Joining with you all today is probably the most bittersweet moment in my professional career. I am grateful that we have finally arrived at this day, and saddened that the man who led us here is no longer with us.
It was in this very room in September of 1993 that the Senate Appropriations Committee approved and reported the Transportation Appropriations Bill for Fiscal Year 1994.
During that Committee meeting, the responsibility fell to me to explain to Senator Inouye that the legislation before him proposed to take back $74 million in funds he had previously secured for a rail project in Honolulu and redistribute them to other projects.
The funds went to a project in Boston, Massachusetts being championed by Senator Ted Kennedy, and a project in Milwaukee, Wisconsin that was being championed by Senator Kasten.
The redistrubution of Honolulu’s funds was the result of a member of the Honolulu City Council suddenly flipping her vote, killing the rail project by a vote of 5-4. And as soon as the vote was taken, that same Councilwoman flew to a neighbor island to hide from public view.
Senator Inouye certainly understood why we had to redistribute the money. He was gracious and understanding, as always. But he told me and the other staffers that were gathered around him that day that “he would be back.”
Senator Inouye said he would continue to fight for this project because the congestion problem on the island of Oahu was real, and the hard working people of his state really needed a rail transit option.
Since that day 19 years ago, the congestion on H-1 has gotten steadily worse. The working people in West Oahu have spent more and more time in traffic away from their families, and Dan Inouye has kept fighting to bring them a rail transit option – an option that would get them home in time for dinner. An option to get home in time to supervise homework. An option to see their young children before they had to go to bed.
Thankfully, Senator Inouye did not need to fight this battle on his own. In recent years especially, it has truly been a group effort.
Senator Akaka, from his position on the authorizing committee, made sure that we continued to have the program and policies in place to finance a project of this size.
Representatives Hirono and Hanabusa led the fight in the House of Representatives.
Mayor Carlisle, and Mayor Hannemann before him, continued to drive things forward and set up a truly independent and professional rail transit authority. There was a time when Mufi Hanemann was trying to drive this train so fast, I think some of us worried he was going to drive it right off a cliff. But instead, great progress was made.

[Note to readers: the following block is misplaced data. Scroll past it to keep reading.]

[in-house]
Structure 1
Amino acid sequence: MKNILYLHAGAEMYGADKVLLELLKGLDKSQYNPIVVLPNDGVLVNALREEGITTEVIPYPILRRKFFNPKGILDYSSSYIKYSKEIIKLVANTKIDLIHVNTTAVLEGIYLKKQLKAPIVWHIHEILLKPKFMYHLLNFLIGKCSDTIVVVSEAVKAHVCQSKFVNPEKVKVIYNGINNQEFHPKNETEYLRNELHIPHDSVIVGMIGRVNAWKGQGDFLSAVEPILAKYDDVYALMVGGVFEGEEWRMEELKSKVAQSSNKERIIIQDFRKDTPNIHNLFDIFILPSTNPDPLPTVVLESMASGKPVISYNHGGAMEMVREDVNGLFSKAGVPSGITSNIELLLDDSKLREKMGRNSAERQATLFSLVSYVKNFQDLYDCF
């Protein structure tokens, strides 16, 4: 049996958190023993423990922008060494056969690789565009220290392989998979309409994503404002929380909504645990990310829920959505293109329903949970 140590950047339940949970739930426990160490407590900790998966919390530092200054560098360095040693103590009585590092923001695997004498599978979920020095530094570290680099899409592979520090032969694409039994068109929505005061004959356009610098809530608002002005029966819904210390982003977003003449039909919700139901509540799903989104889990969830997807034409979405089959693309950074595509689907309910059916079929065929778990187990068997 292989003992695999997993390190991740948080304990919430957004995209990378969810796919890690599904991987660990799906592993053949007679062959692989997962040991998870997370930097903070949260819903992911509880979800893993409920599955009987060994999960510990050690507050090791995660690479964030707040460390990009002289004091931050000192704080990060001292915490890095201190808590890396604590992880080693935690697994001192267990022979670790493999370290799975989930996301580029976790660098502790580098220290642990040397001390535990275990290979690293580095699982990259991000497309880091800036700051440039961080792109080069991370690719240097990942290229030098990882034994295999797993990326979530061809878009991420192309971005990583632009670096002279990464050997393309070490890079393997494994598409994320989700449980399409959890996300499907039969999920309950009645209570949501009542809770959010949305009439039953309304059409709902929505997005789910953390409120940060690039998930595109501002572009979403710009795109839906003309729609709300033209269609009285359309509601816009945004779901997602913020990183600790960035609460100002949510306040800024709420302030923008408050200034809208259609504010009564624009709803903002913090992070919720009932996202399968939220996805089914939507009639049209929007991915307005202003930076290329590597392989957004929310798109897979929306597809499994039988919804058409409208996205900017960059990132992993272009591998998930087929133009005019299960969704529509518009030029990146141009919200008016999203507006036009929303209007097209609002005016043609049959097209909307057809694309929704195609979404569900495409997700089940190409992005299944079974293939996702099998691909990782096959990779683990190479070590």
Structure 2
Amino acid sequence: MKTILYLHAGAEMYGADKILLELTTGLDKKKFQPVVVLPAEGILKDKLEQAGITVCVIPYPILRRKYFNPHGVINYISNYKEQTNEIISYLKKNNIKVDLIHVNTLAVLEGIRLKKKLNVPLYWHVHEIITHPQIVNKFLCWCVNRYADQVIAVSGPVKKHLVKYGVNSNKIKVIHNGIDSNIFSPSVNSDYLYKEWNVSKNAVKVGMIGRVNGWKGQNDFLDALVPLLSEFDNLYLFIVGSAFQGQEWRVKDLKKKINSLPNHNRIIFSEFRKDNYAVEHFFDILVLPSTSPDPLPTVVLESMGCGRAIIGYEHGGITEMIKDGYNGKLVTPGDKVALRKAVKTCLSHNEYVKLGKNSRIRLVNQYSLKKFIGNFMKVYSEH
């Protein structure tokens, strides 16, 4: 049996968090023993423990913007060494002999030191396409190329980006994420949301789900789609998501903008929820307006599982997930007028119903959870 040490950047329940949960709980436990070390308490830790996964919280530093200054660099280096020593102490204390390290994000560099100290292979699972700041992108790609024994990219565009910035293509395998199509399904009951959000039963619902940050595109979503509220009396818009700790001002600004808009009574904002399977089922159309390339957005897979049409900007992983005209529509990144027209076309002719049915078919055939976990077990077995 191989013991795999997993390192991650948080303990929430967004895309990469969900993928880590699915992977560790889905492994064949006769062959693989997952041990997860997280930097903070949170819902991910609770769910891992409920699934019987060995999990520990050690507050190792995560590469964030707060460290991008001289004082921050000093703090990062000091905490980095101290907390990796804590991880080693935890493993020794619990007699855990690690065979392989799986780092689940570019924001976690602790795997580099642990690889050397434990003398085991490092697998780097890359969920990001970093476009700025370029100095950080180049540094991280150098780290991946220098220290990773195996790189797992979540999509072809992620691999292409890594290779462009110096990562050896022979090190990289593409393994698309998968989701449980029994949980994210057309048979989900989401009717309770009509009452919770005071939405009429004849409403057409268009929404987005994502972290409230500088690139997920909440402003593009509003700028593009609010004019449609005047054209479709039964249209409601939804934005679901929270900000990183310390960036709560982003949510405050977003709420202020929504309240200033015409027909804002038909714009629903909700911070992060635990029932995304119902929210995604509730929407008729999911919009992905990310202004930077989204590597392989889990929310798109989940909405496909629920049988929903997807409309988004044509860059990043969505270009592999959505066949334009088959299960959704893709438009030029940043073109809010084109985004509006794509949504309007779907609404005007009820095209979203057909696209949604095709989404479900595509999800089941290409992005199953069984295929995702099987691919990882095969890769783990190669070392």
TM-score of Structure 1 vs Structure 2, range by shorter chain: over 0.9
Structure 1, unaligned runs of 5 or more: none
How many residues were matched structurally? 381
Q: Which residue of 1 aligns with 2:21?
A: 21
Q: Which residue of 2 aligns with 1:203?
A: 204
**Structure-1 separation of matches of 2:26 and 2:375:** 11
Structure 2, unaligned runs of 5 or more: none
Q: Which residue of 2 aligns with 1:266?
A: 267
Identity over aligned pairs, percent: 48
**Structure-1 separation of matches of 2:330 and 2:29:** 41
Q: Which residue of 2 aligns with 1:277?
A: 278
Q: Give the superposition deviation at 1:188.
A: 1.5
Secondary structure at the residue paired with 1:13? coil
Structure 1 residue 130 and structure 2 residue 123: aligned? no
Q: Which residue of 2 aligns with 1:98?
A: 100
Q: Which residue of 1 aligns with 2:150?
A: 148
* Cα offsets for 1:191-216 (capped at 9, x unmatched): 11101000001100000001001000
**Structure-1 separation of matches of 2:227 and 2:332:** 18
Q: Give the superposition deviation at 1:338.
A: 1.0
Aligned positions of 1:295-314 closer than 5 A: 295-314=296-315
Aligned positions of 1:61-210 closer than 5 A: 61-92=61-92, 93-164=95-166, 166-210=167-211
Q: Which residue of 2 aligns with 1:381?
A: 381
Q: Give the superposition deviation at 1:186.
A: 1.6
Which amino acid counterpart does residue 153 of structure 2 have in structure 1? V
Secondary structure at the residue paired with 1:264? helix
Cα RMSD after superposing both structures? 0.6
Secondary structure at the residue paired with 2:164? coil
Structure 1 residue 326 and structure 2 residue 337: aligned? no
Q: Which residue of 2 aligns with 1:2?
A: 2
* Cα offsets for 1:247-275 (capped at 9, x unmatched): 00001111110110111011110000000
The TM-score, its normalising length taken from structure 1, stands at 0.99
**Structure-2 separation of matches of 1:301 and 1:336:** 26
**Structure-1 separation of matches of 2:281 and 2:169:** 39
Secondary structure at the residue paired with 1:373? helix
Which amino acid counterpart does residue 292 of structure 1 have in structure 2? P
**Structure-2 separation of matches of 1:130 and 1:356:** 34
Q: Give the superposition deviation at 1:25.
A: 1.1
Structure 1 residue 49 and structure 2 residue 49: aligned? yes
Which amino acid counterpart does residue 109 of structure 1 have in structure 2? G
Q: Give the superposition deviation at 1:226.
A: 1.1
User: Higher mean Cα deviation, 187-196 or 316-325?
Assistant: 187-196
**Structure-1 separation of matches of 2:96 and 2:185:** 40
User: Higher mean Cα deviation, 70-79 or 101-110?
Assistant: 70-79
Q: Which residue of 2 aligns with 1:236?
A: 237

The Honolulu City Council has done extraordinary work, making sure the local policies and resources are in place. This is no longer a City Council with 5-to-4 votes that flip back and forth. The measures passed a few weeks ago to move forward with this project prevailed on votes of 8-to-1.
The State legislature cooperated at several stages, especially in hearing Senator Inouye's requests that they NOT divert tax revenues dedicated to transit to other purposes, and make sure that those funds stayed available for transit.
And most importantly, the taxpayers of Oahu have been paying the tax revenue for years now, so they could someday have a rail project and create thousands of desperately needed jobs along the way.
Just this past June, Senator Inouye took to the Senate floor and explained to his colleagues the critical need to move forward with this project. He said “Honolulu recently received the dubious distinction as the city in the United States most besieged by traffic gridlock, surpassing even Los Angeles, New York and Chicago...Rail transit on Oahu has been debated and discussed for nearly forty years and the time for talk is over.” Today, the time for talk is indeed over.
Today, now that the required 30 days for congressional review have passed, Secretary Ray LaHood has directed me to sign the Full Funding Grant Agreement for the Honolulu Rail Project.
Today, we finalize the Federal contribution and make the first $255 million in construction dollars available for the project.
Today we move forward to produce the thousands of promised jobs and shorter commutes.
Nineteen years ago, Senator Inouye promised me that he would be back.
None of us could imagine that when we finally reached this day, he wouldn't be here to join us.
But this event today is truly a culmination of his ceaseless efforts to improve the quality of life for working families in Hawaii.
There may be no better way to honor his memory than to fulfill the goal he has pursued for decades.